Ginsburg, one of the most liberal members of the nation’s high court, spoke Saturday at the University of Chicago Law School. Ever since the decision, she said, momentum has been on abortion opponents’ side, fueling a state-by-state campaign that has placed more restrictions on abortion.
“That was my concern, that the court had given opponents of access to abortion a target to aim at relentlessly,” she told a crowd of students. “… My criticism of Roe is that it seemed to have stopped the momentum that was on the side of change.” . . .
A more restrained judgment would have sent a message while allowing momentum to build at a time when a number of states were expanding abortion rights, she said. She added that it might also have denied opponents the argument that abortion rights resulted from an undemocratic process in the decision by “unelected old men.”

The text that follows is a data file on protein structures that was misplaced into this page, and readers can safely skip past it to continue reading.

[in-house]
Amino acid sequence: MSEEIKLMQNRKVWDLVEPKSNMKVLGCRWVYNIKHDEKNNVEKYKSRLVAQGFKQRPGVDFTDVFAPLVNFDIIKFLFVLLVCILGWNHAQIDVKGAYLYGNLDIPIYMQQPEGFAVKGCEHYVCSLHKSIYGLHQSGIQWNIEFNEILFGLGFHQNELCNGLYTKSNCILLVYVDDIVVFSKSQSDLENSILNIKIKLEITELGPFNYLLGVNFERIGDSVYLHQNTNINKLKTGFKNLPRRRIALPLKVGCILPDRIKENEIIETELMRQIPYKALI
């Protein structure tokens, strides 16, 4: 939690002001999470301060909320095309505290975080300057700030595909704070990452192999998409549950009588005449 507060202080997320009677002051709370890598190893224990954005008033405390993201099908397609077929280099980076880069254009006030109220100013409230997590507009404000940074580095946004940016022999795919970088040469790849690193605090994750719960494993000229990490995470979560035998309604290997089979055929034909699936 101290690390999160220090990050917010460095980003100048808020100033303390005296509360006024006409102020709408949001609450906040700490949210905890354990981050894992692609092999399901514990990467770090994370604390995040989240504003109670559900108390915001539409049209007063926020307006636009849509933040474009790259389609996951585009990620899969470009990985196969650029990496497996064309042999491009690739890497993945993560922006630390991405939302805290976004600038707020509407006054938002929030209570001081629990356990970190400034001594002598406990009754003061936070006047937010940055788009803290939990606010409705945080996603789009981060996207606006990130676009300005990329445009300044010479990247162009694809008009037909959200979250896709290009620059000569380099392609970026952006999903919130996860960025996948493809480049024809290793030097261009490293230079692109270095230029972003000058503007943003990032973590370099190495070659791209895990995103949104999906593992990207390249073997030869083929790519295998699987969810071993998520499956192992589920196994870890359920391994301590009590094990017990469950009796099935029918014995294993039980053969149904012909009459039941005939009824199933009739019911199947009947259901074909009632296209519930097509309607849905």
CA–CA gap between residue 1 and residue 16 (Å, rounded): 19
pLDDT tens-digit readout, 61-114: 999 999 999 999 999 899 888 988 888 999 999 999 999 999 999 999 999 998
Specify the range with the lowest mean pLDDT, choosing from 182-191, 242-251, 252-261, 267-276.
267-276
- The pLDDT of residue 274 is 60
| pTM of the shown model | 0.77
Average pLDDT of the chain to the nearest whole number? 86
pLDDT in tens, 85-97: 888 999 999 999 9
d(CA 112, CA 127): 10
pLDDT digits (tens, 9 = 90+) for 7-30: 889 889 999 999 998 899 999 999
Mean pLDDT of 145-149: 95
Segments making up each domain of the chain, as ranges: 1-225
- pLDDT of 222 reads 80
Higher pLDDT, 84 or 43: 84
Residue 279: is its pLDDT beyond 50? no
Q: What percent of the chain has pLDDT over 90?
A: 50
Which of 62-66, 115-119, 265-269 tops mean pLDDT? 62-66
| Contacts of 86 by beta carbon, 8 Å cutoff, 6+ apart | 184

Jon A. Shields, writing in the January 2013 issue of First Things:
Roe v. Wade did far more than create a constitutional right to abortion—it crippled the pro-choice and energized the pro-life movement, creating one of the largest campaigns of moral suasion in American history. Even while nationalizing abortion politics, the Supreme Court’s decision also localized and personalized the issue by pushing it almost entirely out of legislatures, giving an unexpected opening to the pro-life movement to affect the culture, and in turn the wider political debate, in ways no one expected.
Before Roe, the pro-choice movement was truly a movement: It organized letter-writing campaigns, subverted restrictive abortion laws through underground networks of clergy and doctors, and eagerly sought opportunities to debate pro-life advocates. After Roe, obviated by its near-total victory, the movement almost collapsed. It has never fully recovered its former strength and energy.